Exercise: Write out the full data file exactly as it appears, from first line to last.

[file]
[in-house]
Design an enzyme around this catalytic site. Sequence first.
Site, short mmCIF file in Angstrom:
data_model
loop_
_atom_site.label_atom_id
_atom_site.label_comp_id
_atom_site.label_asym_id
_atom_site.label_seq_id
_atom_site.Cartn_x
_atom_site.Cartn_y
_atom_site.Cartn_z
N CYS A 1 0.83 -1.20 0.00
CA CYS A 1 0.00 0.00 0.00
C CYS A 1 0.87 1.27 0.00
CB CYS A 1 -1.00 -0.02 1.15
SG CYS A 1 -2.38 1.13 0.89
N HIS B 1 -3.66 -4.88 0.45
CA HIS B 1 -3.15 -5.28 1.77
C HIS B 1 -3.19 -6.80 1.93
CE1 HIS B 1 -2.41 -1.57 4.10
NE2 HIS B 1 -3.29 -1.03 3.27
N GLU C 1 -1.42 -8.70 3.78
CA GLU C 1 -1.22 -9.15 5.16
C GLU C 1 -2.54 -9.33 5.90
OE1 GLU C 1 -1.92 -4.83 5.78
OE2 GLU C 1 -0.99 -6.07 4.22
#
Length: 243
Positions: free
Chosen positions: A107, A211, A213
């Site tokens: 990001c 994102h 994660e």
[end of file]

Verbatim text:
[in-house]
Design an enzyme around this catalytic site. Sequence first.
Site, short mmCIF file in Angstrom:
data_model
loop_
_atom_site.label_atom_id
_atom_site.label_comp_id
_atom_site.label_asym_id
_atom_site.label_seq_id
_atom_site.Cartn_x
_atom_site.Cartn_y
_atom_site.Cartn_z
N CYS A 1 0.83 -1.20 0.00
CA CYS A 1 0.00 0.00 0.00
C CYS A 1 0.87 1.27 0.00
CB CYS A 1 -1.00 -0.02 1.15
SG CYS A 1 -2.38 1.13 0.89
N HIS B 1 -3.66 -4.88 0.45
CA HIS B 1 -3.15 -5.28 1.77
C HIS B 1 -3.19 -6.80 1.93
CE1 HIS B 1 -2.41 -1.57 4.10
NE2 HIS B 1 -3.29 -1.03 3.27
N GLU C 1 -1.42 -8.70 3.78
CA GLU C 1 -1.22 -9.15 5.16
C GLU C 1 -2.54 -9.33 5.90
OE1 GLU C 1 -1.92 -4.83 5.78
OE2 GLU C 1 -0.99 -6.07 4.22
#
Length: 243
Positions: free
Chosen positions: A107, A211, A213
């Site tokens: 990001c 994102h 994660e």